Luckily, Jeff had something the Navy could use. As a kid he had tinkered with radio sets, and at Lincoln High he’d specialized in radio classes. When he took an Eddy Test, his score was tops. They shot him to Chicago and pre-radio school, on Randolph Street, only two blocks from the Loop. It was there that Jeff had his first contact with show business. Mayor Kelly’s town kept a big hello and welcome mat out for G.l.s everywhere. Jeff took in the nightclubs and girlie-girlie shows, although at the USO dances he still played wallflower. But the idea of being an entertainer himself never entered his butch-cut head. He’d never even been in a class play. The only play Jeff longed to make was short to second to first.

So, it was heaven on cleats for Jeff when, after primary school at Texas A. and M., he landed at Corpus Christi, Texas, for secondary radio-radar training. There were eight air bases scattered all around Ward Island. And those bases were loaded with big league baseball players in khaki—really greats like Johnny Sain, Sam Chapman, Eddie Sylvester. As shortstop on the Ward Island nine, Jeff played a game almost every week. The pros told him, “Say, Bud—you’ve got big league potentials—if you’ll just stick with it.”

Jeff had teamed up with pretty Pat Sunden in his last year at Lincoln High for about the only gentling influence to offset the Boozer Boys. They had been writing, so on his first eighteen-day leave Jeff hitched down to Long Beach where Pat had a defense job. “Well, everything was swell,” he recalls, “except that Pat was already in love with another guy!” Jeff rescued the situation with her roommate, though, and volunteered one day to go up to Los Angeles for some Yugoslavian light fixtures the landlady had ordered.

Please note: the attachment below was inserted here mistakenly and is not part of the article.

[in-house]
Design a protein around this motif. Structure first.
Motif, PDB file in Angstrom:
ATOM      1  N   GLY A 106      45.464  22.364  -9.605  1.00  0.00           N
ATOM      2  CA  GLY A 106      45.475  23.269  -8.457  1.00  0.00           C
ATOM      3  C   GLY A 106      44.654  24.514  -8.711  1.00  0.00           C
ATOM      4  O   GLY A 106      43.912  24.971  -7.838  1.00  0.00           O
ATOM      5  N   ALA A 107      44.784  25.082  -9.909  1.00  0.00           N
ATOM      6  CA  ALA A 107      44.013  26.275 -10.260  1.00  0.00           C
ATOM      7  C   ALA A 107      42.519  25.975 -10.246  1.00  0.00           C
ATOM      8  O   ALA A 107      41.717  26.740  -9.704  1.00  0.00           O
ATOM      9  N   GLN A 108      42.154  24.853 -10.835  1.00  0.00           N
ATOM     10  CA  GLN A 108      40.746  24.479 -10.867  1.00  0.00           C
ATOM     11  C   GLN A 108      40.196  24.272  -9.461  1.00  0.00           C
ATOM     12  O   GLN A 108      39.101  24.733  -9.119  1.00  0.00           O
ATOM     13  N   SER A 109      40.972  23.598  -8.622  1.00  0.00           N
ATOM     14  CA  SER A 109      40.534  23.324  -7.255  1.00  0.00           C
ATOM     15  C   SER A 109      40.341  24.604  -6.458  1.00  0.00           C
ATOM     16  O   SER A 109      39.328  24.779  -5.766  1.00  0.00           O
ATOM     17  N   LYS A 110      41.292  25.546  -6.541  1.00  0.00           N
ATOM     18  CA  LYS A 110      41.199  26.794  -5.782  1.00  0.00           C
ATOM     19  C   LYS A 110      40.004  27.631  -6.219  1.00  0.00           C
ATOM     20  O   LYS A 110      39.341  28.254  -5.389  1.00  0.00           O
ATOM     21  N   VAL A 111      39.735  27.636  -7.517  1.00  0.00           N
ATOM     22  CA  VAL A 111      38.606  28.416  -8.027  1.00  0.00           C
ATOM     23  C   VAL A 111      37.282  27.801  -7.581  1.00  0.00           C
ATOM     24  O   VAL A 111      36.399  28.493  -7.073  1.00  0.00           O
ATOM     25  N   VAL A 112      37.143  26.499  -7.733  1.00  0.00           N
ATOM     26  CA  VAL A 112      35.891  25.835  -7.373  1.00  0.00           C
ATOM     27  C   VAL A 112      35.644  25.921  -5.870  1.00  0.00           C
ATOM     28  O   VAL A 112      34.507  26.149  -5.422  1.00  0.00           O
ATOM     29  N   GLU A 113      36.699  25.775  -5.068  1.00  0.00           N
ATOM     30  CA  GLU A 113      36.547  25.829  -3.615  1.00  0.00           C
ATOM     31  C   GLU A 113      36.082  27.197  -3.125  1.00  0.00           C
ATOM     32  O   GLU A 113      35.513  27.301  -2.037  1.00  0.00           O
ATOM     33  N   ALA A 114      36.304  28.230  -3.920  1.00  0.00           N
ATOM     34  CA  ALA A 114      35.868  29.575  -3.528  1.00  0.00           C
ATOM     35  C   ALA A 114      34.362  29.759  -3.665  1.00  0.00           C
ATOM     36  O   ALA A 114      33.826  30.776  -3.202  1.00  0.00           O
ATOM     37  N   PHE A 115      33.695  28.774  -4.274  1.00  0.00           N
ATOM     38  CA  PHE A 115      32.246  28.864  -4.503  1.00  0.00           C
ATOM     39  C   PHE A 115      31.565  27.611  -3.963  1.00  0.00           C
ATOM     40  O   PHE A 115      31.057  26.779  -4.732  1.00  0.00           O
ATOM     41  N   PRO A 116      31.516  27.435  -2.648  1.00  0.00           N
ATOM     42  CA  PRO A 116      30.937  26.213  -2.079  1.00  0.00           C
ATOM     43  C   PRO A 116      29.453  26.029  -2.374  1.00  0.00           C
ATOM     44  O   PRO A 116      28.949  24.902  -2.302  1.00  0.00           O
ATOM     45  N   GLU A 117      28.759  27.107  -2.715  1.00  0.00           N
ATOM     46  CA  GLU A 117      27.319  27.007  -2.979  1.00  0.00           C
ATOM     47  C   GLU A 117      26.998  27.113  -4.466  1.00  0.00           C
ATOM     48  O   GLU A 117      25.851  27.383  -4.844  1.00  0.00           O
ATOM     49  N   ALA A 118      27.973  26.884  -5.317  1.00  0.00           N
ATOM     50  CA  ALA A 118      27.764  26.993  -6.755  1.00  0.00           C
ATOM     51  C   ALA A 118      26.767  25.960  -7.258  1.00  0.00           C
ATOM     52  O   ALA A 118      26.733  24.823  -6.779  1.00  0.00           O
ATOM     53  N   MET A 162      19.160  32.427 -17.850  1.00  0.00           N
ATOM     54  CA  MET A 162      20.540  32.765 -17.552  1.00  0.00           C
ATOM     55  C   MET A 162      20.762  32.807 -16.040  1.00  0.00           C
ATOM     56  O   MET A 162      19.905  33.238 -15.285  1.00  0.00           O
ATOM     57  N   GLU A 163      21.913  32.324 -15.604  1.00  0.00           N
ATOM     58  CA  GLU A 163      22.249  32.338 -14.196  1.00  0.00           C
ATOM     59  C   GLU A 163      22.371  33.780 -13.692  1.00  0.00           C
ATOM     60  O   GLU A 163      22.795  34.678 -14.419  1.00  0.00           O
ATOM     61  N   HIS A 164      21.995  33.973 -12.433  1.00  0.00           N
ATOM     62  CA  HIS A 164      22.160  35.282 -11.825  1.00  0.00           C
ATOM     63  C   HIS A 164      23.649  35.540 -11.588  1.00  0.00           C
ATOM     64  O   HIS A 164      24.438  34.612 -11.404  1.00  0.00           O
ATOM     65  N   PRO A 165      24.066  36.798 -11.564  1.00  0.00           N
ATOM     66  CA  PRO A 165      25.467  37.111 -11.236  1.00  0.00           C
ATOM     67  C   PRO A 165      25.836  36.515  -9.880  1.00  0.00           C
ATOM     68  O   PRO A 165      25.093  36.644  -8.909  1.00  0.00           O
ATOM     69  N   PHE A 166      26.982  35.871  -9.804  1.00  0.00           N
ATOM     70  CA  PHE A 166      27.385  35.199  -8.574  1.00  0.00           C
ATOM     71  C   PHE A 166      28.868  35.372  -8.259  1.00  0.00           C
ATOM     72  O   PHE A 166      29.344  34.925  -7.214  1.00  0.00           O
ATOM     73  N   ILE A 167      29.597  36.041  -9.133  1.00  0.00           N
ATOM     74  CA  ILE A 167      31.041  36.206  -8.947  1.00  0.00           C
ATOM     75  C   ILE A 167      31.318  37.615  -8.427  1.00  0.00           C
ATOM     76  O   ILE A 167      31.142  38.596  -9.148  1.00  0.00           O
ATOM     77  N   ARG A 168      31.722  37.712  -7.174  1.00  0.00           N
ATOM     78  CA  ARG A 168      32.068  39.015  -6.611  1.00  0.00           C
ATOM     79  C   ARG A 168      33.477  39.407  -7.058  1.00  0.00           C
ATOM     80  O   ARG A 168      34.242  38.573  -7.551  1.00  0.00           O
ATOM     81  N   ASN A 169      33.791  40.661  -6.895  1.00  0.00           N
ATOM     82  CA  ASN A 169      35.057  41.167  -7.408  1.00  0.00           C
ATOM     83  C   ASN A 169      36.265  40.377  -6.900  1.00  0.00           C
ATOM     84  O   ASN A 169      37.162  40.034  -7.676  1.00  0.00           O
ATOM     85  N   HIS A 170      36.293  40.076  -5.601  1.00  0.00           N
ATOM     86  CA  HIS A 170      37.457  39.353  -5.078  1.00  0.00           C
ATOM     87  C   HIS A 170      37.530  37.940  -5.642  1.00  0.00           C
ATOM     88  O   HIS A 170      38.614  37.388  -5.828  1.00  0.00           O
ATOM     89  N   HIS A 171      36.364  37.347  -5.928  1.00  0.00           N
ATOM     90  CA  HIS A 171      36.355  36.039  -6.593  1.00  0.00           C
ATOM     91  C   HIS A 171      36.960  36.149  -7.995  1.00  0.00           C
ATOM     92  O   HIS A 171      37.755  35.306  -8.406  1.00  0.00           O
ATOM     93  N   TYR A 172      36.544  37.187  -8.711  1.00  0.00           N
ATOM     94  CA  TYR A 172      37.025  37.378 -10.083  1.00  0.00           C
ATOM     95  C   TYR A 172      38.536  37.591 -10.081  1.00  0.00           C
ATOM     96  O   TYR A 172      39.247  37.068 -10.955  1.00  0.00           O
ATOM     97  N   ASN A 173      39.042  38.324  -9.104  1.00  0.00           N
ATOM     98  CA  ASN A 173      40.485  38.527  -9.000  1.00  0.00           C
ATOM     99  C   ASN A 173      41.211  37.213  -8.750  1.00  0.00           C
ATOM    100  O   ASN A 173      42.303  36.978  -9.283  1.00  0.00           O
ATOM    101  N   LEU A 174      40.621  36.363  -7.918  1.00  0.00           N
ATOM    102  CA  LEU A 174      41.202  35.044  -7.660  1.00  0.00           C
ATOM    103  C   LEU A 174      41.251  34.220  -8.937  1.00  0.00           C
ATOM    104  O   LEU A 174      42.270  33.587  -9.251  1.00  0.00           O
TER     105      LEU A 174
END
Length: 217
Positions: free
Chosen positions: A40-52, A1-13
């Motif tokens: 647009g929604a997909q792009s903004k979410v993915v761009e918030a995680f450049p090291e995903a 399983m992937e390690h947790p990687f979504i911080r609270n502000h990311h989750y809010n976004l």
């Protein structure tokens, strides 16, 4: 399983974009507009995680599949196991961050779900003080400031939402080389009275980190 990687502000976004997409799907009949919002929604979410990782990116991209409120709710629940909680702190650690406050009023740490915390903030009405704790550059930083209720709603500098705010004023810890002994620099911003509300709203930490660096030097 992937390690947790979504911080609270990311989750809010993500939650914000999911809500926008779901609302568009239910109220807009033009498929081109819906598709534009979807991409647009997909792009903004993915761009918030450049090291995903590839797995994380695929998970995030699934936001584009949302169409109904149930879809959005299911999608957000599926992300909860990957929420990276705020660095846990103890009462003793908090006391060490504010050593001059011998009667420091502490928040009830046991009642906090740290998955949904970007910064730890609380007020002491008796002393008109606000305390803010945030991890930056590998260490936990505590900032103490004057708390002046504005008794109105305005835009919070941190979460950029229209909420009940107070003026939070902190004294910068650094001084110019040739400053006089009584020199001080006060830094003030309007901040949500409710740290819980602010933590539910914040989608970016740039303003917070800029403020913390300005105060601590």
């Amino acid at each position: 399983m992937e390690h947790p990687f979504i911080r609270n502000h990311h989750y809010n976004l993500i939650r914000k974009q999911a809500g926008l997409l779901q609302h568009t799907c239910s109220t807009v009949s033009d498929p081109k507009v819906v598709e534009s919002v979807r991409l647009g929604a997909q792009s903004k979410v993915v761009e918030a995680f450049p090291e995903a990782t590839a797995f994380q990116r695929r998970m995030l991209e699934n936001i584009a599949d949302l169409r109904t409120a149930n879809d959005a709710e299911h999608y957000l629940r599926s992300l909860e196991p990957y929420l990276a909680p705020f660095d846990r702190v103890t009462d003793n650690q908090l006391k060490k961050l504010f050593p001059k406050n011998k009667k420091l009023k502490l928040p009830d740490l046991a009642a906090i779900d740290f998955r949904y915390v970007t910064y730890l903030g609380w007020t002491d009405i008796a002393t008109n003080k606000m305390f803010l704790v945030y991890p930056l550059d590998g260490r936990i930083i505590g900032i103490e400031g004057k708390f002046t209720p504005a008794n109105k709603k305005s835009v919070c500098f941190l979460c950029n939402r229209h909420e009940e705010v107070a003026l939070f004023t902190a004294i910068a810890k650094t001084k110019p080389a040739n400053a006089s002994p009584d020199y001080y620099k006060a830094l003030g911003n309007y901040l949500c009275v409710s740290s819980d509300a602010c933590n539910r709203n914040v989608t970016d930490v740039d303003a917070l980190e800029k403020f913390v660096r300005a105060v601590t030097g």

But when he called by the store, the clerk said, “It’ll take me two hours to dig those things out of the storeroom. Want to wait or come back?” Jeff allowed he’d come back. He ducked into the Hollywood USO, latched on to a movie studio tour and pretty soon found himself inside Paramount watching Betty Hutton knock herself out. Someone else was rubbering at the rugged good looks of Sailor Taylor even more intently—a studio talent executive named Milton Lewis. The Hollywood he-man shortage was getting pretty desperate. about then.

When Lewis inquired if Jeff was interested in pictures he got only an embarrassed snort. When he pressed, “Got a few minutes?” Jeff said he had more time than money. So he was trotted around to the Paramount brass that afternoon. They wanted to make a screen test the next day but there Jeff balked. “I’ve only got three days’ leave left,” he explained, “and I got plans for those.” They made him promise to come back after he got out of uniform and not sign anywhere else. He said, “Oh, sure, sure.”